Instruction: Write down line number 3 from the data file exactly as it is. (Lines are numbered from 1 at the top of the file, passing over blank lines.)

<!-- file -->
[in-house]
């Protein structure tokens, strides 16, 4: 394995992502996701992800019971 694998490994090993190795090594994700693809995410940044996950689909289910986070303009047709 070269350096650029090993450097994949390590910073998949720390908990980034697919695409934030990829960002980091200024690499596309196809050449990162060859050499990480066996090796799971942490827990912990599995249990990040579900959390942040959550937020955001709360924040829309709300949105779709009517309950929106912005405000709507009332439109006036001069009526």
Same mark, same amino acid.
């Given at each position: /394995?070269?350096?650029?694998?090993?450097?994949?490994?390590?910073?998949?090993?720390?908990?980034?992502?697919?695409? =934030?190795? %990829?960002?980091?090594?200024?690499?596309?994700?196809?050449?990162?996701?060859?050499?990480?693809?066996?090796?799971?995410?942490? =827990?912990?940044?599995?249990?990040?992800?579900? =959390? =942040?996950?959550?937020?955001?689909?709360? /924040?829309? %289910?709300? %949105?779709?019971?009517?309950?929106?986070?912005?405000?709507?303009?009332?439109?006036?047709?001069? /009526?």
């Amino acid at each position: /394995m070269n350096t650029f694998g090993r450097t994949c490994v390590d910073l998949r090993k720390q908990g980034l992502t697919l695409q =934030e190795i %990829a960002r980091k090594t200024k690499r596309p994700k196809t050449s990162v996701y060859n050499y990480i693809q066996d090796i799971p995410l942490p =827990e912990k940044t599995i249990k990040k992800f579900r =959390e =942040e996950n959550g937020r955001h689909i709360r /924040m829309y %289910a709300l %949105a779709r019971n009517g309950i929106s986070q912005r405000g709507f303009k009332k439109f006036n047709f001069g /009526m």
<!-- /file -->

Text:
Same mark, same amino acid.